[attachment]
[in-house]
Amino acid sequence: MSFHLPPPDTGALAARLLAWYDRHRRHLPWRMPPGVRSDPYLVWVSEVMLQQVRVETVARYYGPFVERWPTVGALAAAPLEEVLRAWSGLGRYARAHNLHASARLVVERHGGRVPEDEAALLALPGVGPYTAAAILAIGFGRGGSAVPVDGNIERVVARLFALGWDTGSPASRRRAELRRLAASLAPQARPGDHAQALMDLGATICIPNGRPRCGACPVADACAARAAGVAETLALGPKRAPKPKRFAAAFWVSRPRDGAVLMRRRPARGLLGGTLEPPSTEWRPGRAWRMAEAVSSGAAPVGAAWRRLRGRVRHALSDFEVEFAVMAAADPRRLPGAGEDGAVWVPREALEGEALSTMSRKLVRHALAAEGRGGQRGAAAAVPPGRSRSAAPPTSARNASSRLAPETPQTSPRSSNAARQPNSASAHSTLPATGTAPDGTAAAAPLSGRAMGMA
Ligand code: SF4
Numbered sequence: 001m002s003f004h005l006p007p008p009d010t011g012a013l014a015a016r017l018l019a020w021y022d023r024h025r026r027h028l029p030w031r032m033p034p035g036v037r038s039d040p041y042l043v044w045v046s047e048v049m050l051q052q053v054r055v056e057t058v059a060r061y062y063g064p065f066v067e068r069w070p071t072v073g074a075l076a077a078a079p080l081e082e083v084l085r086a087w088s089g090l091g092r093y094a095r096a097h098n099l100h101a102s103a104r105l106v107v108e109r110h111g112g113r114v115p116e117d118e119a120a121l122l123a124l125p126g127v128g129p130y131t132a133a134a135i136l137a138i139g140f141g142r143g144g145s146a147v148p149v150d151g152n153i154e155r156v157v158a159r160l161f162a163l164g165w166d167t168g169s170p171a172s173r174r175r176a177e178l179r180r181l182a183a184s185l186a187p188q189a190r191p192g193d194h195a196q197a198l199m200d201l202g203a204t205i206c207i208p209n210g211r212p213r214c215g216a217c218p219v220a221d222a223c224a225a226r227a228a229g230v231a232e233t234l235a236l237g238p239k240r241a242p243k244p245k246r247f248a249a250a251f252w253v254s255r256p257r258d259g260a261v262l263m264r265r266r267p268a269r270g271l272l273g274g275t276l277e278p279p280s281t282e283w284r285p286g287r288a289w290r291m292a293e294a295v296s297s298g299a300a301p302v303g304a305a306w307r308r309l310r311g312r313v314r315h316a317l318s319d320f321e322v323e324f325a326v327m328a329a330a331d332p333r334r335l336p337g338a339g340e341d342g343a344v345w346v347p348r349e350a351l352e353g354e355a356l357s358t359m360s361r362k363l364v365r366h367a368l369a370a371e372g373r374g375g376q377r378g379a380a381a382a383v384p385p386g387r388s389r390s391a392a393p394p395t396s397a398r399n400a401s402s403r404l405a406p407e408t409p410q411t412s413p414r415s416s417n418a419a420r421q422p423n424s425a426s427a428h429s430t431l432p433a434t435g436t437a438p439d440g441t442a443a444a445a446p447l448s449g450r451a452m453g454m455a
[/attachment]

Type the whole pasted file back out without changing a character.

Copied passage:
[in-house]
Amino acid sequence: MSFHLPPPDTGALAARLLAWYDRHRRHLPWRMPPGVRSDPYLVWVSEVMLQQVRVETVARYYGPFVERWPTVGALAAAPLEEVLRAWSGLGRYARAHNLHASARLVVERHGGRVPEDEAALLALPGVGPYTAAAILAIGFGRGGSAVPVDGNIERVVARLFALGWDTGSPASRRRAELRRLAASLAPQARPGDHAQALMDLGATICIPNGRPRCGACPVADACAARAAGVAETLALGPKRAPKPKRFAAAFWVSRPRDGAVLMRRRPARGLLGGTLEPPSTEWRPGRAWRMAEAVSSGAAPVGAAWRRLRGRVRHALSDFEVEFAVMAAADPRRLPGAGEDGAVWVPREALEGEALSTMSRKLVRHALAAEGRGGQRGAAAAVPPGRSRSAAPPTSARNASSRLAPETPQTSPRSSNAARQPNSASAHSTLPATGTAPDGTAAAAPLSGRAMGMA
Ligand code: SF4
Numbered sequence: 001m002s003f004h005l006p007p008p009d010t011g012a013l014a015a016r017l018l019a020w021y022d023r024h025r026r027h028l029p030w031r032m033p034p035g036v037r038s039d040p041y042l043v044w045v046s047e048v049m050l051q052q053v054r055v056e057t058v059a060r061y062y063g064p065f066v067e068r069w070p071t072v073g074a075l076a077a078a079p080l081e082e083v084l085r086a087w088s089g090l091g092r093y094a095r096a097h098n099l100h101a102s103a104r105l106v107v108e109r110h111g112g113r114v115p116e117d118e119a120a121l122l123a124l125p126g127v128g129p130y131t132a133a134a135i136l137a138i139g140f141g142r143g144g145s146a147v148p149v150d151g152n153i154e155r156v157v158a159r160l161f162a163l164g165w166d167t168g169s170p171a172s173r174r175r176a177e178l179r180r181l182a183a184s185l186a187p188q189a190r191p192g193d194h195a196q197a198l199m200d201l202g203a204t205i206c207i208p209n210g211r212p213r214c215g216a217c218p219v220a221d222a223c224a225a226r227a228a229g230v231a232e233t234l235a236l237g238p239k240r241a242p243k244p245k246r247f248a249a250a251f252w253v254s255r256p257r258d259g260a261v262l263m264r265r266r267p268a269r270g271l272l273g274g275t276l277e278p279p280s281t282e283w284r285p286g287r288a289w290r291m292a293e294a295v296s297s298g299a300a301p302v303g304a305a306w307r308r309l310r311g312r313v314r315h316a317l318s319d320f321e322v323e324f325a326v327m328a329a330a331d332p333r334r335l336p337g338a339g340e341d342g343a344v345w346v347p348r349e350a351l352e353g354e355a356l357s358t359m360s361r362k363l364v365r366h367a368l369a370a371e372g373r374g375g376q377r378g379a380a381a382a383v384p385p386g387r388s389r390s391a392a393p394p395t396s397a398r399n400a401s402s403r404l405a406p407e408t409p410q411t412s413p414r415s416s417n418a419a420r421q422p423n424s425a426s427a428h429s430t431l432p433a434t435g436t437a438p439d440g441t442a443a444a445a446p447l448s449g450r451a452m453g454m455a